Back in Chengdu—my experience in Leshan made me decide not to continue on to Mt. Emei, which I’d also skipped back in 2010—I decided to keep my final night simple, dining once again on Dan Dan Noodles, then stopping at a fruit seller I’d previously passed up to buy some of his luscious-looking cherries.
How Many Days Should You Spend in Chengdu?
I’ve more or less organized this post as 3 days in Chengdu blog, based both on my proclivity for itineraries of said length, as well as the fact that all my trips to the city so far have lasted about as long. However, it’s easy to spend much longer in Chengdu (and possible to see the city in a shorter amount of time, if you absolutely must)—here’s how, in just a few words.
When considering the bigger picture of Chengdu, how many days you spend there depends on two factors: What you plan to do in the city center; and how many day trips you want to take. For example, if you want to do everything in my Chengdu 3 day itinerary, plus do an entire day focused on eating and visit Dujiangyan Panda Base in addition to the main one, you could expand your trip to five days (or longer).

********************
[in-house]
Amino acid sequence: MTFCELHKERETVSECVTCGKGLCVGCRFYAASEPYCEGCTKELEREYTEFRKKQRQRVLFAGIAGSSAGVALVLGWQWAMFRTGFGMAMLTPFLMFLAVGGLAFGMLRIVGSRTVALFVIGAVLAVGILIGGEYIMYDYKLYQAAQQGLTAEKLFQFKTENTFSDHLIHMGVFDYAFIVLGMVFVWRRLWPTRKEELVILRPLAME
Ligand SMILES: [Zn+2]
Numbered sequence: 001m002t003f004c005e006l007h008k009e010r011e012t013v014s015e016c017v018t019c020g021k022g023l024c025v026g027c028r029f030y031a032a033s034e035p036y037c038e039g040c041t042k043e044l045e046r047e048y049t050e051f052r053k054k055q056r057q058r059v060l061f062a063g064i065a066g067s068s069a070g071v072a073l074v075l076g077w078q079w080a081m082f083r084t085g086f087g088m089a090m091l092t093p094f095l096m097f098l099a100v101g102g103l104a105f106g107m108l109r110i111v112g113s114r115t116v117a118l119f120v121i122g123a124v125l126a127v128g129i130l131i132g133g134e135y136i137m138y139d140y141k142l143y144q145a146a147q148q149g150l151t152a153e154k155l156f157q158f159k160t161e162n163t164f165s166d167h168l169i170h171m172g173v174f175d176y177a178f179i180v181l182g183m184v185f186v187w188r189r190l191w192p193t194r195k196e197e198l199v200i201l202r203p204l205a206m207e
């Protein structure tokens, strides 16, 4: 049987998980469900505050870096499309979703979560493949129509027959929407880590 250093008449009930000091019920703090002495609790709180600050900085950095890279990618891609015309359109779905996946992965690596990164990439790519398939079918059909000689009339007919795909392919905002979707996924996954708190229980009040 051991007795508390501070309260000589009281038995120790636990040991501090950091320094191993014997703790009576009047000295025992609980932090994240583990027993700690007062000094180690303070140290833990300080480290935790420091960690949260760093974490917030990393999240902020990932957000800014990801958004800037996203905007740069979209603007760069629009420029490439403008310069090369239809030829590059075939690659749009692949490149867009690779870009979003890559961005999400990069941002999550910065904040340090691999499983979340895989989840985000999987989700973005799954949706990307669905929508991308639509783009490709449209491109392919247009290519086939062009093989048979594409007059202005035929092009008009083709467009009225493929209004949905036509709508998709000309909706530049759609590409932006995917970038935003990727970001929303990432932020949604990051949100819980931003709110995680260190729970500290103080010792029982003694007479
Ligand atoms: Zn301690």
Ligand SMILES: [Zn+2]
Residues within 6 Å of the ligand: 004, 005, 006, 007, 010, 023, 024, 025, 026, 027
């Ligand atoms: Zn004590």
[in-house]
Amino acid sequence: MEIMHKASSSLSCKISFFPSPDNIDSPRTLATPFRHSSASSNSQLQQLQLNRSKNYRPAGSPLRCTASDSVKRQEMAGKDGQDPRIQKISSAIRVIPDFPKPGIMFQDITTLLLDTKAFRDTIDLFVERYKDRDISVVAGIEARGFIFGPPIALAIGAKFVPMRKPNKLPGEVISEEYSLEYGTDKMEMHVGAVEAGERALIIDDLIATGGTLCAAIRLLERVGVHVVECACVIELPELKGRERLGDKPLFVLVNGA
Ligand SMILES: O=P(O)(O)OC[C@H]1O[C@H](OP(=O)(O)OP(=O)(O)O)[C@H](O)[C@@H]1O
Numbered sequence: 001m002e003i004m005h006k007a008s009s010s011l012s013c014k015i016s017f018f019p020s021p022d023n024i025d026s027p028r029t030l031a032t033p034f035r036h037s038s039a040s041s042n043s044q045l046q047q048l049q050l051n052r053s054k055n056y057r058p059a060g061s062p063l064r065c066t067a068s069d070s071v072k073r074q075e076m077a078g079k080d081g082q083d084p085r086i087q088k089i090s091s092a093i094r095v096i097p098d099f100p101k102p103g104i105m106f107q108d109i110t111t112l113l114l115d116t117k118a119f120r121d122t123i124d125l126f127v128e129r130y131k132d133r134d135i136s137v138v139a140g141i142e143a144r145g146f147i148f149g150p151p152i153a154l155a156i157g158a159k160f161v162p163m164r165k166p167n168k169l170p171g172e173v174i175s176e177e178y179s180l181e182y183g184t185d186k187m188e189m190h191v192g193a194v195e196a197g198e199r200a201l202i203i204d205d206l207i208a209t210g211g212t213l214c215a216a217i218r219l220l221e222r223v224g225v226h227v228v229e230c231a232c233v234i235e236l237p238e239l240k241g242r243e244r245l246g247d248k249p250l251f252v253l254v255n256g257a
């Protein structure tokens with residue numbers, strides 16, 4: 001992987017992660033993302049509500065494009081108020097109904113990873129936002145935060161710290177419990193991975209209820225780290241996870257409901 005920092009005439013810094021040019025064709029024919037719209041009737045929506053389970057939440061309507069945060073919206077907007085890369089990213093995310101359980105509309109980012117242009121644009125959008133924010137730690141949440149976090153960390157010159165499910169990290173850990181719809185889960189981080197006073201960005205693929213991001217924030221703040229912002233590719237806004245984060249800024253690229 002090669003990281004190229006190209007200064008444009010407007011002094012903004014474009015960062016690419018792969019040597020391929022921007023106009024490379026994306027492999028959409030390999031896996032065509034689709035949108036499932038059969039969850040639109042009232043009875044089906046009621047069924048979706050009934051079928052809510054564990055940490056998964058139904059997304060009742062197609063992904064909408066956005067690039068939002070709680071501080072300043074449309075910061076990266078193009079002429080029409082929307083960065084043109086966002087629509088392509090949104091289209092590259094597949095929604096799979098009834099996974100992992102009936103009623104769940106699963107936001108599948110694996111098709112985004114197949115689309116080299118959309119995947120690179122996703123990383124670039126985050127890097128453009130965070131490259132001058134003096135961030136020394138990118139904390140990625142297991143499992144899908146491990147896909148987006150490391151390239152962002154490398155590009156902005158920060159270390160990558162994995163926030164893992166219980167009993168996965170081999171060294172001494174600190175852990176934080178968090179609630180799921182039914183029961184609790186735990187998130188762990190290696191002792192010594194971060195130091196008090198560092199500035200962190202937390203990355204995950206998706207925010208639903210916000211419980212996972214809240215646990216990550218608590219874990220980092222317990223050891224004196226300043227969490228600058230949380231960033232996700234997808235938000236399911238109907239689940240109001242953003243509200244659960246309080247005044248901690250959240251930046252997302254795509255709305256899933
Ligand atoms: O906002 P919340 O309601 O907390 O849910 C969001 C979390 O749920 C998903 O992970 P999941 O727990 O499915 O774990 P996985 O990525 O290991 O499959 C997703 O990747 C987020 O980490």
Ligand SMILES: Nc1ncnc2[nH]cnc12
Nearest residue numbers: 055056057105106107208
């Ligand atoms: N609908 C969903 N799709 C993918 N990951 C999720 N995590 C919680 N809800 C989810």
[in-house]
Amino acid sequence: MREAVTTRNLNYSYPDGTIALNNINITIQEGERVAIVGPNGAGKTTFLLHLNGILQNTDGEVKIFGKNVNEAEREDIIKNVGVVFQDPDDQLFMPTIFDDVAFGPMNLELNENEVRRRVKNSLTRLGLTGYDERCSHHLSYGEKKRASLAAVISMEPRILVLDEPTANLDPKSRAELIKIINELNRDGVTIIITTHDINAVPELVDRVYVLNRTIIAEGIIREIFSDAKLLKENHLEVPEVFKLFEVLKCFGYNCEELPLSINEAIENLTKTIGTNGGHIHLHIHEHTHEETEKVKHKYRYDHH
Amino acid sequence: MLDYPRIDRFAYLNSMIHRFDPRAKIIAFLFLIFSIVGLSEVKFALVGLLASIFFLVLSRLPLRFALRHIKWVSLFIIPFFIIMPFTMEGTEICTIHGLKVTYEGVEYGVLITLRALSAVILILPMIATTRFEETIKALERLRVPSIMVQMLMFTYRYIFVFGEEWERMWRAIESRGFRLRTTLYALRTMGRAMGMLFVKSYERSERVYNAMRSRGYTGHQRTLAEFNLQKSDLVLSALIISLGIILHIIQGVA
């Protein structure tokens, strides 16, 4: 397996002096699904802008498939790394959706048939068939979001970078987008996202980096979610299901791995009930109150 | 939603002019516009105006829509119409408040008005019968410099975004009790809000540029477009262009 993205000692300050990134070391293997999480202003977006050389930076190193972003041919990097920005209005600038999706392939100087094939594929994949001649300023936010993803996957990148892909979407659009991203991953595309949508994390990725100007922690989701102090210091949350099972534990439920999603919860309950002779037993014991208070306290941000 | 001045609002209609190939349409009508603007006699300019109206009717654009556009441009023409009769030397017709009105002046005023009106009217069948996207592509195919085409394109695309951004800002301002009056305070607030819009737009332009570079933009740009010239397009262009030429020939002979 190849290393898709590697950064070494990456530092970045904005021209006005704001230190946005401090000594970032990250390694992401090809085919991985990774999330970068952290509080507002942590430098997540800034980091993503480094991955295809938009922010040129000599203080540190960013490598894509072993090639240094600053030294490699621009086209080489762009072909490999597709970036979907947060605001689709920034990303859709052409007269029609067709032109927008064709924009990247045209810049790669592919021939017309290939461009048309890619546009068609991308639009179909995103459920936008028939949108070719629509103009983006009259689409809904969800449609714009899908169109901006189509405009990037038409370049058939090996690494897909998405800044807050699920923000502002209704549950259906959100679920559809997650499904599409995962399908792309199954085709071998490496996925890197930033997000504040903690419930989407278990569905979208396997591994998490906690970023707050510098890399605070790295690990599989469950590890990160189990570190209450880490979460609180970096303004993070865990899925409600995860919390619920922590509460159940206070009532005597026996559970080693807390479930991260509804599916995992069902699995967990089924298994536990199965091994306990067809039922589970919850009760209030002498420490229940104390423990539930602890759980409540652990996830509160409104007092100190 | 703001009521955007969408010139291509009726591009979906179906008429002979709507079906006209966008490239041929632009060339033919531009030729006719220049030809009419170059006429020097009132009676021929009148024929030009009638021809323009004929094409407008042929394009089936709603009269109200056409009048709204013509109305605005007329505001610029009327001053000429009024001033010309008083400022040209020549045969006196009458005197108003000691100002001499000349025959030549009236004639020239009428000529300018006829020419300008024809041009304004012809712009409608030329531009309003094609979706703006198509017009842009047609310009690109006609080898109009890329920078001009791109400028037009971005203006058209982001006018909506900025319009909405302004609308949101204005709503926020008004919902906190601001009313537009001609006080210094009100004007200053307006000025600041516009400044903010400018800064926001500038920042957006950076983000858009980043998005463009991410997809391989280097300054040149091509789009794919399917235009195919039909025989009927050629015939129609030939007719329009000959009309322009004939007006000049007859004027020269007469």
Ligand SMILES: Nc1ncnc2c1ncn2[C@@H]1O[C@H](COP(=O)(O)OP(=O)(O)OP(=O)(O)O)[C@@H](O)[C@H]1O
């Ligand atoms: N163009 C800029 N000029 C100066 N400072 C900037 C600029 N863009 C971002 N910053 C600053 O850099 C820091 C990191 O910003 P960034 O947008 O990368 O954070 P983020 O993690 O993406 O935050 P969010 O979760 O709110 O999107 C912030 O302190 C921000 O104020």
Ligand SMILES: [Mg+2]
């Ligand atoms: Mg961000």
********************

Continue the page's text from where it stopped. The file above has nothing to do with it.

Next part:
Other FAQ About Your Chengdu Itinerary
Is Chengdu worth visiting?
Chengdu is absolutely worth visiting! If you don’t love the interesting architecture and cityscape, you’ll be amazed by the spicy, delicious Sichuan cuisine? Another thing I love about Chengdu is that it is extremely laid-back for a Chinese city, and is arguably the only Chinese city to deserve that designation.
What is the best time to visit Chengdu?
Like the rest of Sichuan province, Chengdu can experience cloudy, hazy weather all throughout the year, particularly in the cool, wet winter and the hot, hazy summer. I personally love visiting in more comfortable months such as April, May, October and November.
Do they speak English in Chengdu?
Although people who work at hotels and other tourist establishments may speak some English, Chengdu is a city that’s much like the rest of China: If you don’t speak at least a little bit of Mandarin, it’s pretty hard to get around. I wish this wasn’t true, but it is.
The Bottom Line
On paper, there are very few highlights within the city-proper of Chengdu—most visitors focus instead on the day trips I’ve detailed above during my Chengdu travel blog, such as the Panda Base, Leshan Grand Buddha and Mount Emei.
On the other hand, my favorite memories of my Chengdu travel blog are from right in the heart of it—gingko-lined boulevards, nameless noodle shops, quirky characters in public parks and vendors measuring fruit in the palms of their hands, instead of fixing their broken scales.